Under the new health care law, "all real estate transactions will be subject to a 3.8% Sales Tax"
Chain email on Monday, August 2nd, 2010 in a chain e-mail
Health care law institutes a sales tax on home sales? No, it doesn't
A new chain e-mail wrongly claims that the 2010 health care law will institute a new tax on home sales.
Here's the e-mail a reader recently forwarded to us:
"Under the new health care bill -- did you know that all real estate transactions will be subject to a 3.8% Sales Tax? The bulk of these new taxes don't kick in until 2013 (presumably after Obama's re-election). You can thank Nancy, Harry and Barack and your local Democrat Congressman for this one. If you sell your $400,000 home, there will be a $15,200 tax. This bill is set to screw the retiring generation who often downsize their homes. Is this Hope & Change great or what? Does this stuff makes (sic) your November and 2012 votes more important?
"Oh, you weren't aware this was in the Obamacare bill? Guess what, you aren't alone. There are more than a few members of Congress that aren't aware of it either (result of clandestine midnight voting for huge bills they've never read). AND, there are a few other surprises lurking."
The root of this claim appears to be Section 1402 of the Health Care and Education Reconciliation Act of 2010, titled "Unearned income Medicare contribution." Legislative wonks might remember that this was the second part of the health care bill, passed via reconciliation so that it only required 50 votes. Democrats had to do it that way after they lost their 60-seat majority due to a special election for the U.S. Senate in Massachusetts. (Republican Scott Brown won the seat that Sen. Edward Kennedy, a Democrat, held until his death.)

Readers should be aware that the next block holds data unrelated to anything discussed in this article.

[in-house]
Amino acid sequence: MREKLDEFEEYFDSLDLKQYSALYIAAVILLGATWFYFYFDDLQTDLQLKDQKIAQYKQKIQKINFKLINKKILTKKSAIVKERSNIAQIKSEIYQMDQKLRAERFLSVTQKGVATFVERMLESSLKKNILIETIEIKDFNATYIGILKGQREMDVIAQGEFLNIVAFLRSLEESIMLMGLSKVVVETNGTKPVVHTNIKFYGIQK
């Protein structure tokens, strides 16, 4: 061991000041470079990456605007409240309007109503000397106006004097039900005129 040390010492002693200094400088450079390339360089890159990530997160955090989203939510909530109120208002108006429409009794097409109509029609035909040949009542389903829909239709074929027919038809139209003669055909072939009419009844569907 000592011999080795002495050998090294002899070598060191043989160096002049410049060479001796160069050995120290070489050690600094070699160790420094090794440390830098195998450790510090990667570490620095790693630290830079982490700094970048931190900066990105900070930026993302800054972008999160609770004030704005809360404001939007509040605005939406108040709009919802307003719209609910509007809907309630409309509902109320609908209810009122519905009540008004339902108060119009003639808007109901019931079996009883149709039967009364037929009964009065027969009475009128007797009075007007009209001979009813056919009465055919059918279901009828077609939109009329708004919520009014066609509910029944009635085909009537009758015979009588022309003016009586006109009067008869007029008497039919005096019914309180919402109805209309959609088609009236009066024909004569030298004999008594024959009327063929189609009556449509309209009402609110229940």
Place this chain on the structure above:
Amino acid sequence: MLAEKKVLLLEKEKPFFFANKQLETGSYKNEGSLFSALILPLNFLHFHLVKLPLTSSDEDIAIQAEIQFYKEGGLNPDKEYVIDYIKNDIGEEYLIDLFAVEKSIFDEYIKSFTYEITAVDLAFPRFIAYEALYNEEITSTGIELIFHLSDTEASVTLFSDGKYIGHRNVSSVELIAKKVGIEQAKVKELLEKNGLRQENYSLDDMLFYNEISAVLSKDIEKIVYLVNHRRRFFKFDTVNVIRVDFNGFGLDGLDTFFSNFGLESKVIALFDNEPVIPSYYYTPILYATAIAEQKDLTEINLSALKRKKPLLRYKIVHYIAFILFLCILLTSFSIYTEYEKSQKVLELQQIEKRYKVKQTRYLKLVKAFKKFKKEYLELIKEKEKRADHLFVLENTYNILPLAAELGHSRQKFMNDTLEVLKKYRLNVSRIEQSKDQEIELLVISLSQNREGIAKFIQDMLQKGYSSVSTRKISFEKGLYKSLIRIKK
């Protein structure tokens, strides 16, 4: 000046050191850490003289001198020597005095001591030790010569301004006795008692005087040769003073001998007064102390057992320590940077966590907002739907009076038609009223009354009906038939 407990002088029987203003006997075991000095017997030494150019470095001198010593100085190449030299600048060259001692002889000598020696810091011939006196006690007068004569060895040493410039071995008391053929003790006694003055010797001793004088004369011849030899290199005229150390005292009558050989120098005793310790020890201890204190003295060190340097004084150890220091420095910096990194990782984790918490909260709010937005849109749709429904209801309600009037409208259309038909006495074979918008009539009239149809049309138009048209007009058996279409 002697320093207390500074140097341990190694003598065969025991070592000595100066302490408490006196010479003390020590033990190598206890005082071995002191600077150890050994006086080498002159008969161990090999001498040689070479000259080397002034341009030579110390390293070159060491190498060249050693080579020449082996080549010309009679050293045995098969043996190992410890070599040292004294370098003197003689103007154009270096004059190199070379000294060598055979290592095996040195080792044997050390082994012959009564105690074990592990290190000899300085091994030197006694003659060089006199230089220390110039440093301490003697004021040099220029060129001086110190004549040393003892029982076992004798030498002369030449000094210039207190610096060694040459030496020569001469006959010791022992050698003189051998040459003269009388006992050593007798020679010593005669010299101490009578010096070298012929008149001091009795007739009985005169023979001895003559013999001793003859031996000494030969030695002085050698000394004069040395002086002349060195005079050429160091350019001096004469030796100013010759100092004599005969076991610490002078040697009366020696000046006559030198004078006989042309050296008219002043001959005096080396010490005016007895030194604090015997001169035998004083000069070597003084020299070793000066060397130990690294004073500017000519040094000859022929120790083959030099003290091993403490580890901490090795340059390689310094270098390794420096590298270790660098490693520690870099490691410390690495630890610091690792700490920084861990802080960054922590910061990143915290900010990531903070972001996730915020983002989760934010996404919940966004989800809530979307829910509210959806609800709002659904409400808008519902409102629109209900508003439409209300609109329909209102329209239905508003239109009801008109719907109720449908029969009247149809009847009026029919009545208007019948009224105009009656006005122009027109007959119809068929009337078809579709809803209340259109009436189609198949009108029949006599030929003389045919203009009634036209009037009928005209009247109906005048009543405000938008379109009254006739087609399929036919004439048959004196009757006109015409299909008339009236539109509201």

The health care law imposes a 3.8 percent tax on the investment income of couples who make more than $250,000 or individuals who make more than $200,000. That investment income could include income from real estate transactions. But it would only apply to those high earners, who make up less than 5 percent of all taxpayers. We're not sure why the e-mail extrapolates this tax to all real estate transactions, but that's the only 3.8 percent tax we could find in the new law. We ran this by two tax policy experts who confirmed our analysis of the new law.
Under current law, workers pay Medicare hospital taxes on wages. Workers and employers split a 2.9 percent tax; the self-employed pay all of it.
The new tax marks the first time investment income will be subject to Medicare taxes, said Clint Stretch, the managing principal for tax policy at Deloitte Tax LLP. We should point out that the government currently taxes investment income in various ways and could have simply raised current rates.
But lawmakers wanted to link the new revenues to health care, Stretch said. "The point of doing it as a Medicare tax was to have the money go to the Medicare trust fund and have it act like a tax that is paying for health care. So there is additional complexity," he said.
And by the way, if you're an empty-nester of any means, and you're thinking of downsizing, part of your profits are already tax-free. There are long-standing tax exemptions on the profits from home sales. In general, if you sell your own home, individuals are not taxed on the first $250,000 of profit and married couples are not taxed on the first $500,000 of profit. Again, that's profit, not the sales price.
If you're wealthy and sell your home at a substantial profit, it's possible you might get hit with the new 3.8 percent tax on investment income. Most Americans won't have to worry about this, though.
Not that our chain e-mail acknowledges any of those pesky facts. It says that a 3.8 percent tax applies to all real estate transactions as a sales tax. That is not the case. The e-mail seems intended to scare people, particularly older Americans, and it urges them to vote a particular way based on false information. And for that, we award this chain e-mail a Pants on Fire!
Update: This report has been changed to reflect that there is no wage limit on Medicare hospital taxes. A wage limit of $106,800 applies to Social Security payroll taxes, but not Medicare hospital taxes.